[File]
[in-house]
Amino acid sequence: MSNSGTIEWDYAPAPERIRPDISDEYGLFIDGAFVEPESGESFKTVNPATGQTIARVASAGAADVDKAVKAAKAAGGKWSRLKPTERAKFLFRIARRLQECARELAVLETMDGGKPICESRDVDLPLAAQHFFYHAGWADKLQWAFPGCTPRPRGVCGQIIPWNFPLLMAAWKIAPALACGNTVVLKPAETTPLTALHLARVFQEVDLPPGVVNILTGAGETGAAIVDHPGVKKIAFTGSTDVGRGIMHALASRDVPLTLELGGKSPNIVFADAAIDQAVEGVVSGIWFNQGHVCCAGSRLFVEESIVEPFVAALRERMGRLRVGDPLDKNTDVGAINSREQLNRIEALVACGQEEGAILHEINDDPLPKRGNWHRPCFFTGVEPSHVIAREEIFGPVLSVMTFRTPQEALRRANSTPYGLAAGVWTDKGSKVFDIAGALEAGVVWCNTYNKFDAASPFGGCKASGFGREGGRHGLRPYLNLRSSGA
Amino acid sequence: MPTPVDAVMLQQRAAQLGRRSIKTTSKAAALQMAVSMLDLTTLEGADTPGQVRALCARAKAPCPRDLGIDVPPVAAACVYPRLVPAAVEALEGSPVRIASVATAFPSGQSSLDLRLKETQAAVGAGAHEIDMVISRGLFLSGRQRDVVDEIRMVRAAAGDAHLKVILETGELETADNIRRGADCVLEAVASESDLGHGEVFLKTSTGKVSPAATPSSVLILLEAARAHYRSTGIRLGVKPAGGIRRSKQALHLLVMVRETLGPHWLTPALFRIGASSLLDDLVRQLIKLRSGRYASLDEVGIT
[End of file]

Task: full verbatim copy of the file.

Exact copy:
[in-house]
Amino acid sequence: MSNSGTIEWDYAPAPERIRPDISDEYGLFIDGAFVEPESGESFKTVNPATGQTIARVASAGAADVDKAVKAAKAAGGKWSRLKPTERAKFLFRIARRLQECARELAVLETMDGGKPICESRDVDLPLAAQHFFYHAGWADKLQWAFPGCTPRPRGVCGQIIPWNFPLLMAAWKIAPALACGNTVVLKPAETTPLTALHLARVFQEVDLPPGVVNILTGAGETGAAIVDHPGVKKIAFTGSTDVGRGIMHALASRDVPLTLELGGKSPNIVFADAAIDQAVEGVVSGIWFNQGHVCCAGSRLFVEESIVEPFVAALRERMGRLRVGDPLDKNTDVGAINSREQLNRIEALVACGQEEGAILHEINDDPLPKRGNWHRPCFFTGVEPSHVIAREEIFGPVLSVMTFRTPQEALRRANSTPYGLAAGVWTDKGSKVFDIAGALEAGVVWCNTYNKFDAASPFGGCKASGFGREGGRHGLRPYLNLRSSGA
Amino acid sequence: MPTPVDAVMLQQRAAQLGRRSIKTTSKAAALQMAVSMLDLTTLEGADTPGQVRALCARAKAPCPRDLGIDVPPVAAACVYPRLVPAAVEALEGSPVRIASVATAFPSGQSSLDLRLKETQAAVGAGAHEIDMVISRGLFLSGRQRDVVDEIRMVRAAAGDAHLKVILETGELETADNIRRGADCVLEAVASESDLGHGEVFLKTSTGKVSPAATPSSVLILLEAARAHYRSTGIRLGVKPAGGIRRSKQALHLLVMVRETLGPHWLTPALFRIGASSLLDDLVRQLIKLRSGRYASLDEVGIT